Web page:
While Rahsaan has lately busied himself doing everything from running a label and producing sessions to heading various bands, Friday night Roland unveiled the latest thing in his arsenal. He stepped out as the leader of an ensemble devoted to New Orleans’ music and sensibility.
Traditional New Orleans jazz probably gets played less outside the Crescent City than any other genre. Many swing, hard bop, mainstream, avant-garde, soul-jazz, even proponents tend to devalue it. They view it like ragtime, maybe not a dead style, but a dated one with little value for 21st century types.
But Roland Barber’s band showed the crowd at the Nashville Jazz Workshop’s Jazz Cave that there’s plenty of life left in that idiom so long as there are musicians who understand how to update without subverting the form.
The band not only featured Roland displaying his customary brilliance on trombone, but doing vocals and even occasionally the catchy, unmistakable sound of the conch seashell. Rahsaan also offered some fresh elements, playing clarinet and baritone much of the night. Outstanding pianist Bruce Dudley showed he’s every bit at home with the second line beat and its swaying pace as he is with Monk compositions.
The rhythm section included strong bassist (both acoustic and electric, mostly the latter in the second set) Jon Estes and a double rhythm treat in drummer Marcus Finnie and percussionist Giovanni Rodriguez.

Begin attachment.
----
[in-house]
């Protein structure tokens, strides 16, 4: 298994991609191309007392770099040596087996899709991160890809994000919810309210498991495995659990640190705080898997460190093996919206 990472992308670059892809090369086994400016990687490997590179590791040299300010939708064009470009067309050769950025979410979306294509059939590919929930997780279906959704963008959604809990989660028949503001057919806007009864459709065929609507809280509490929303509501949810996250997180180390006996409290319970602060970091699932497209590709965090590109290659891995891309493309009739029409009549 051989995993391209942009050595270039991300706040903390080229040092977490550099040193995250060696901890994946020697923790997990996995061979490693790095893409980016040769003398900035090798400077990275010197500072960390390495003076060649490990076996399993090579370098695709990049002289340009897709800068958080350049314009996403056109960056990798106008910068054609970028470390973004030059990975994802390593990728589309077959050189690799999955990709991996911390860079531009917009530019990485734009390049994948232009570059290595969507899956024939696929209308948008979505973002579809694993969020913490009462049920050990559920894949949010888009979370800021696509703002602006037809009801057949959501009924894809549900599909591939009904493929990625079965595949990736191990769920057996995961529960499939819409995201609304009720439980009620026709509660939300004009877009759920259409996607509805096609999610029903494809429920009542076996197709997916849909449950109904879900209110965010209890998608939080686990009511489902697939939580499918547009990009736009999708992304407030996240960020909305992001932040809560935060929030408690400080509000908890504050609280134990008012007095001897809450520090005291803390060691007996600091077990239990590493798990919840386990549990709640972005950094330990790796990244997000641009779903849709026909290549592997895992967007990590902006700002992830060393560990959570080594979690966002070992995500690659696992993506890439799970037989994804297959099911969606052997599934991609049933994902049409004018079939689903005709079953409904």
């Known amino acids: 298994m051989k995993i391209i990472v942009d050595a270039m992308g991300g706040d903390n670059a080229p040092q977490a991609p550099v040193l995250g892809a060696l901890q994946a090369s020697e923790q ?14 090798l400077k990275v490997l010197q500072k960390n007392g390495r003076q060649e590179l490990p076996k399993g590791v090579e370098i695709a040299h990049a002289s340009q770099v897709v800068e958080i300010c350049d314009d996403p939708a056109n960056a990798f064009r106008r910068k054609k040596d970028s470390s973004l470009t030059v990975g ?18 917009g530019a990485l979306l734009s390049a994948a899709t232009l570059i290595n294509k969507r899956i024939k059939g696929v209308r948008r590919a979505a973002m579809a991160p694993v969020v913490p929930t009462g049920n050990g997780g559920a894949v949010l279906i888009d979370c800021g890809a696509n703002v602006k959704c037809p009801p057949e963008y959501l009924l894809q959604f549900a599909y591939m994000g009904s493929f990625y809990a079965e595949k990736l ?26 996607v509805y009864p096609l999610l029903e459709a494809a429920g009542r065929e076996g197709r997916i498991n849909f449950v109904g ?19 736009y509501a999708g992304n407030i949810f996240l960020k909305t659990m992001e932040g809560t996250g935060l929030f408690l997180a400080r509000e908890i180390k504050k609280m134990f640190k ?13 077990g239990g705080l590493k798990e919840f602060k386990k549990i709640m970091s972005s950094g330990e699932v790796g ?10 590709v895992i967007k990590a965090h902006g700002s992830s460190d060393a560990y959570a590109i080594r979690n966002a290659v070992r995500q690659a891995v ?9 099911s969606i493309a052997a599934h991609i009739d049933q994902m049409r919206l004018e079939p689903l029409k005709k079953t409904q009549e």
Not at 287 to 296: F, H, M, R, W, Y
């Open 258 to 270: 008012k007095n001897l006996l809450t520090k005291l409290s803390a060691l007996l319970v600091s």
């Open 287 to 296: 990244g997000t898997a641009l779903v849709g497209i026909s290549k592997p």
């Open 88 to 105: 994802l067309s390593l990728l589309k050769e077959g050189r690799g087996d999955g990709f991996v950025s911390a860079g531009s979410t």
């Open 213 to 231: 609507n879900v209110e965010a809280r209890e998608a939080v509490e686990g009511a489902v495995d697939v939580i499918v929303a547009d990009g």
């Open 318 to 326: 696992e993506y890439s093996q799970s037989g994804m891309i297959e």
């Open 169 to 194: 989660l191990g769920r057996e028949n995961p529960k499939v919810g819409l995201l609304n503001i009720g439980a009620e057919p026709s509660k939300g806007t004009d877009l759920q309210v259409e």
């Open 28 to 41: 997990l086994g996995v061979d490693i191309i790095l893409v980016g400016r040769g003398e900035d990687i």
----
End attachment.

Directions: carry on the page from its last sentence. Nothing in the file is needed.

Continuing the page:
Finnie was disciplined but still played with flash in the Crescent City marching-band style. Rodriquez brought what Jelly Roll Morton once labeled the “Spanish tinge” to the proceedings, adding excellent contributions on a host of instruments. He had several marvelous conga solos and explored plenty of alternate colors and textures.
During their extensive opening set, the menu ranged from an intriguing, personalized version of “When The Saints Go Marching In (with some revised lyrics to fit the occasion) and a wry rendition of Smiley Lewis’ “Mama Don’t Like” to the ambitious original “One For Shorty,” which Roland Barber wrote in tribute to the mercurial contemporary New Orleans master.
The band also neatly reworked a tune more usually associated with KC swing “Alright, OK, You Win,” into the night’s Louisiana groove, thanks to skillful rhythmic frameworks from Dudley, Finnie, Estes and Rodriguez. They built an ideal foundation for the Barber Brothers to instrumentally and vocally work off, Roland’s vocal perfectly establishing the mood, and their complementary solos cementing it.
The second set included more originals, beginning with a stirring piece “Double Take,” then another number Roland called “a fusion thing.” There were also a pair of first-rate ballad pieces. The best was a number dubbed “NOLA Tango,” a mix of blues and Latin featuring yet another fine arrangement and superb playing, with Dudley capably blending acoustic and electric voicings.
Roland and company ended the night with a longtime traditional jazz staple, “Just A Closer Walk With Thee,” though things didn’t stay somber and reverential very long. After effectively presenting the melody and setting the mood, Roland and Rahsaan shifted gears into a celebratory mode, with their rhythm mates energetically propelling them.
They even did a Jazz Cave version of the second line march, exiting the state and playing their instruments while walking through the audience, then returning on stage. Their robust finale concluded a delightful exposition of traditional jazz and New Orleans’ musical virtues.